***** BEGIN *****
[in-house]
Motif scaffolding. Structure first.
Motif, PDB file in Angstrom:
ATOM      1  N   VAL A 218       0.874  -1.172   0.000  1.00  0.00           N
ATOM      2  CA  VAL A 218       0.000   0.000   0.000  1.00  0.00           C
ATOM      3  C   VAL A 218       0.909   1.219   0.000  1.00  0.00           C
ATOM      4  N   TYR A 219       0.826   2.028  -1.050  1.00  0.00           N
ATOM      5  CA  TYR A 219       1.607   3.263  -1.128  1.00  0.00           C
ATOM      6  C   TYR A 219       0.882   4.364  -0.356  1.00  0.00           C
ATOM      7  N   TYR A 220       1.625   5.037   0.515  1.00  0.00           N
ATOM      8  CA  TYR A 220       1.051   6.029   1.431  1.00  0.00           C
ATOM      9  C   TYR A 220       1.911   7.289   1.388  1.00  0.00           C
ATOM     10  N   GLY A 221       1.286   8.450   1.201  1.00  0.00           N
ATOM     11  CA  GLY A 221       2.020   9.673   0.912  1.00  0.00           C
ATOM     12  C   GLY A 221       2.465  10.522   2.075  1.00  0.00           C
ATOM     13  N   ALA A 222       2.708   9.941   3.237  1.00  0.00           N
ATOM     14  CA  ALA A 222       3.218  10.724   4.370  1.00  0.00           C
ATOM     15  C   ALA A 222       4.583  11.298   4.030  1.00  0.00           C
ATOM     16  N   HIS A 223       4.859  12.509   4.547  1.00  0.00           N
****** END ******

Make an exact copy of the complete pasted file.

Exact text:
[in-house]
Motif scaffolding. Structure first.
Motif, PDB file in Angstrom:
ATOM      1  N   VAL A 218       0.874  -1.172   0.000  1.00  0.00           N
ATOM      2  CA  VAL A 218       0.000   0.000   0.000  1.00  0.00           C
ATOM      3  C   VAL A 218       0.909   1.219   0.000  1.00  0.00           C
ATOM      4  N   TYR A 219       0.826   2.028  -1.050  1.00  0.00           N
ATOM      5  CA  TYR A 219       1.607   3.263  -1.128  1.00  0.00           C
ATOM      6  C   TYR A 219       0.882   4.364  -0.356  1.00  0.00           C
ATOM      7  N   TYR A 220       1.625   5.037   0.515  1.00  0.00           N
ATOM      8  CA  TYR A 220       1.051   6.029   1.431  1.00  0.00           C
ATOM      9  C   TYR A 220       1.911   7.289   1.388  1.00  0.00           C
ATOM     10  N   GLY A 221       1.286   8.450   1.201  1.00  0.00           N
ATOM     11  CA  GLY A 221       2.020   9.673   0.912  1.00  0.00           C
ATOM     12  C   GLY A 221       2.465  10.522   2.075  1.00  0.00           C
ATOM     13  N   ALA A 222       2.708   9.941   3.237  1.00  0.00           N
ATOM     14  CA  ALA A 222       3.218  10.724   4.370  1.00  0.00           C
ATOM     15  C   ALA A 222       4.583  11.298   4.030  1.00  0.00           C
ATOM     16  N   HIS A 223       4.859  12.509   4.547  1.00  0.00           N